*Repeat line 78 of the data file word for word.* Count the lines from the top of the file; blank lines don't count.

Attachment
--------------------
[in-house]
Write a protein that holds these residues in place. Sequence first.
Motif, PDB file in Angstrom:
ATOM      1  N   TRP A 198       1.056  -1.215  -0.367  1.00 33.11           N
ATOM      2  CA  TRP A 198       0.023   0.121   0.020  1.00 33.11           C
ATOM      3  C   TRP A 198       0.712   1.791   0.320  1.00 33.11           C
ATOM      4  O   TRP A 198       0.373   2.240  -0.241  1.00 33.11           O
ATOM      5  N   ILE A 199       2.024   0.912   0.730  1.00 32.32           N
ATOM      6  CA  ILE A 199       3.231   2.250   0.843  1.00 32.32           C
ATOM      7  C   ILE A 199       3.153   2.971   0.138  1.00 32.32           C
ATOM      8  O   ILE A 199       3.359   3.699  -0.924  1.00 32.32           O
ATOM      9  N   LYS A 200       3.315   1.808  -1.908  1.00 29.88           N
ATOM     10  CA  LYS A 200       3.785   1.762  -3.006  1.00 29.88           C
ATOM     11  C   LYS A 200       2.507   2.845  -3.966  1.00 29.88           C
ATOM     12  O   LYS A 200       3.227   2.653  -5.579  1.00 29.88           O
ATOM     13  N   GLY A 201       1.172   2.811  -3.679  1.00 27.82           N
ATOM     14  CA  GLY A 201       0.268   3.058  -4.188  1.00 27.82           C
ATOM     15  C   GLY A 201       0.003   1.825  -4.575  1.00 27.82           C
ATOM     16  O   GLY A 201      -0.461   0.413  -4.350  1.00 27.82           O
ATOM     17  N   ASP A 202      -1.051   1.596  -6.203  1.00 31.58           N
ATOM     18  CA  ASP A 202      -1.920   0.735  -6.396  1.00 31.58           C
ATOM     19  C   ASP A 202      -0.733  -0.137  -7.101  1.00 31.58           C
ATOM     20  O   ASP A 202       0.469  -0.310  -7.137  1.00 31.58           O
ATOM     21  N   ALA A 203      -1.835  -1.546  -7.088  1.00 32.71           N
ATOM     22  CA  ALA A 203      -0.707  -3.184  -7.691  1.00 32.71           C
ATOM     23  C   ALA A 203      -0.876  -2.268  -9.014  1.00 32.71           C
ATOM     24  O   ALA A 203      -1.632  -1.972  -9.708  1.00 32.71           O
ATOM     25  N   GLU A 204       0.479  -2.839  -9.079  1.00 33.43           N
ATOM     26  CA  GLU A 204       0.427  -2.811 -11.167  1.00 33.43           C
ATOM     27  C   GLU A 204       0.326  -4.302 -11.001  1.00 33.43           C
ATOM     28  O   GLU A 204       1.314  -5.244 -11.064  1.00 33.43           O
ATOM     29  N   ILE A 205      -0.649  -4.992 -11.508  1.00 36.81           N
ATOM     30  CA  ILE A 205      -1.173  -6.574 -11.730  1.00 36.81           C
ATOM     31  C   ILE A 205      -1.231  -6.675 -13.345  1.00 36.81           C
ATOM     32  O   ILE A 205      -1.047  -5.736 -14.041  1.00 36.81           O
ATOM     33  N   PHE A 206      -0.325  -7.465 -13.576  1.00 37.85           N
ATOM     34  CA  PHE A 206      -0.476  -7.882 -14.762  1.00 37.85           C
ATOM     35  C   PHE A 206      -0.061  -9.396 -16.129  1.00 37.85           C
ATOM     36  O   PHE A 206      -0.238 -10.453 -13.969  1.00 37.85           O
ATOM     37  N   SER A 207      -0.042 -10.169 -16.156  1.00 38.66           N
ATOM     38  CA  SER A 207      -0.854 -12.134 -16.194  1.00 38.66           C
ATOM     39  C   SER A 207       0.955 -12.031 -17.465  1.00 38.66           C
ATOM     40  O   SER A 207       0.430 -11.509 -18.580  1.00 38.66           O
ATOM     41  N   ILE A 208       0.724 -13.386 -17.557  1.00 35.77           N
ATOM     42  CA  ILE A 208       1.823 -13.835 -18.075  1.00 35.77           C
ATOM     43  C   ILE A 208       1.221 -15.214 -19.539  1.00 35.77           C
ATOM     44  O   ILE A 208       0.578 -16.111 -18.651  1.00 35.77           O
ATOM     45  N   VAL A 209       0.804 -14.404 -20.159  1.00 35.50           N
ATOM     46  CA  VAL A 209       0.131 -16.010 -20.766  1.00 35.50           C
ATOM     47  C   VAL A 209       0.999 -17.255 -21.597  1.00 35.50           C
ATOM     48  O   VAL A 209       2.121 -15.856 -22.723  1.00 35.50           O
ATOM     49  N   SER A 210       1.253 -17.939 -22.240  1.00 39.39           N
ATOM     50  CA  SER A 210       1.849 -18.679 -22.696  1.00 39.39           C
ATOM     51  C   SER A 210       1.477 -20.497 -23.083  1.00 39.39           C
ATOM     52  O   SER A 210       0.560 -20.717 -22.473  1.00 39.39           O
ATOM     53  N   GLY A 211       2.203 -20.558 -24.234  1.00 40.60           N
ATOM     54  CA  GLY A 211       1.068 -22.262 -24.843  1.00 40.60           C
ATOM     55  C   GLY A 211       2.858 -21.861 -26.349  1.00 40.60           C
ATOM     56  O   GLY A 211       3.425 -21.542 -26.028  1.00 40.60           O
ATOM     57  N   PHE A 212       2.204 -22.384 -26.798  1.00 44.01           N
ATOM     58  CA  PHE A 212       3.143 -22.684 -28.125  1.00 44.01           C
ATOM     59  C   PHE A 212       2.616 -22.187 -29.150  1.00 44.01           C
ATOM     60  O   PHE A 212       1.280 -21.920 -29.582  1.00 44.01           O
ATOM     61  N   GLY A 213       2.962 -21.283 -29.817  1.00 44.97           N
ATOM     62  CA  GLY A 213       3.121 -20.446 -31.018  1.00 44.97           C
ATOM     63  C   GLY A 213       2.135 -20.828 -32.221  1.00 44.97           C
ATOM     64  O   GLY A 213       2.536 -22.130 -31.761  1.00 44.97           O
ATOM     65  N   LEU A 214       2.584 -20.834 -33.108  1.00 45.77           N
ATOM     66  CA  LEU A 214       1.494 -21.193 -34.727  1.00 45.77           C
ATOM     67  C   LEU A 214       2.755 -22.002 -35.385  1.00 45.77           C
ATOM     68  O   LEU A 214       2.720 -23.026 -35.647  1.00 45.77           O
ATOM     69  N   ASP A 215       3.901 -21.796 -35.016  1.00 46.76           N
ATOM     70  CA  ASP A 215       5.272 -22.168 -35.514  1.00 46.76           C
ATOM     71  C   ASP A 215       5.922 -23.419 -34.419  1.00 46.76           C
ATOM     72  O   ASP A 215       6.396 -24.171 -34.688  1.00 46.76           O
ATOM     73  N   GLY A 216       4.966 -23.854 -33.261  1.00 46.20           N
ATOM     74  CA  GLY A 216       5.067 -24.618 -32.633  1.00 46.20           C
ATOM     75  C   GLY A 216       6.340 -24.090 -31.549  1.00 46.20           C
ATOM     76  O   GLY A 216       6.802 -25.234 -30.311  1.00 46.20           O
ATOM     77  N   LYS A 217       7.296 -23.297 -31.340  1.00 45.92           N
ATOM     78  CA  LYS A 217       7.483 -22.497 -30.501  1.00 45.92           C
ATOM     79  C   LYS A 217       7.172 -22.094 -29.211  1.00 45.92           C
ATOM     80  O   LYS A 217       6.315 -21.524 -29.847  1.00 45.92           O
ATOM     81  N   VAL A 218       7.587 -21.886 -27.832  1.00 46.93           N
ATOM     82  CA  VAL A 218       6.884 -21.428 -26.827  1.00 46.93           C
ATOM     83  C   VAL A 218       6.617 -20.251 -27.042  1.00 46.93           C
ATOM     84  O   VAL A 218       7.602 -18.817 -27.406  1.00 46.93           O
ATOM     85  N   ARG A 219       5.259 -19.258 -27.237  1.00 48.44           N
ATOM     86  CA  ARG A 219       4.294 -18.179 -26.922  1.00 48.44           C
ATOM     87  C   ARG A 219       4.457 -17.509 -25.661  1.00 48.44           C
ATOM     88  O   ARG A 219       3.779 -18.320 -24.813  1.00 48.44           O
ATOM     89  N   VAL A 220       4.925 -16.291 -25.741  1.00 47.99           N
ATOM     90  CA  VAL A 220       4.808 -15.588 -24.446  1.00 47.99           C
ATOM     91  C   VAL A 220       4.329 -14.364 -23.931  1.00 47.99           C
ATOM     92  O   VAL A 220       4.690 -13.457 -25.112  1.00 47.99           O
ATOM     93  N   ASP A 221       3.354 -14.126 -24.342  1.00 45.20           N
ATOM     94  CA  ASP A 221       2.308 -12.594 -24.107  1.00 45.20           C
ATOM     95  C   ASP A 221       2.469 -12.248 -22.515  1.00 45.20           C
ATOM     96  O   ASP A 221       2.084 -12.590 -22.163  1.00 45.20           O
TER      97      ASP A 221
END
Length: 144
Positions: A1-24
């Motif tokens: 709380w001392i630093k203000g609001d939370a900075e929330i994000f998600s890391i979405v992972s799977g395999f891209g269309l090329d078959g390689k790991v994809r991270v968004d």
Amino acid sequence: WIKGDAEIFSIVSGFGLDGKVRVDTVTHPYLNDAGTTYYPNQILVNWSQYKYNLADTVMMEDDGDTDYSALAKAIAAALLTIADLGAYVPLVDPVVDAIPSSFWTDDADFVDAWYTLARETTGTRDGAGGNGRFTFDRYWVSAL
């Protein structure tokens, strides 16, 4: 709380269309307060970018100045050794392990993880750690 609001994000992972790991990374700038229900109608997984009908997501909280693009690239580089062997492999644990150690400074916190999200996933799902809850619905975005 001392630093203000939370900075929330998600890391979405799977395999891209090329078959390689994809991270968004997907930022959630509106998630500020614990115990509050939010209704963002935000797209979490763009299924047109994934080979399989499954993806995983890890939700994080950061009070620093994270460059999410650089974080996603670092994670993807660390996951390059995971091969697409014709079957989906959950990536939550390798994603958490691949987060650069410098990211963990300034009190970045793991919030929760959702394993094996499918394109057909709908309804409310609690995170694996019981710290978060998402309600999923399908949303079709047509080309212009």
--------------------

ATOM     75  C   GLY A 216       6.340 -24.090 -31.549  1.00 46.20           C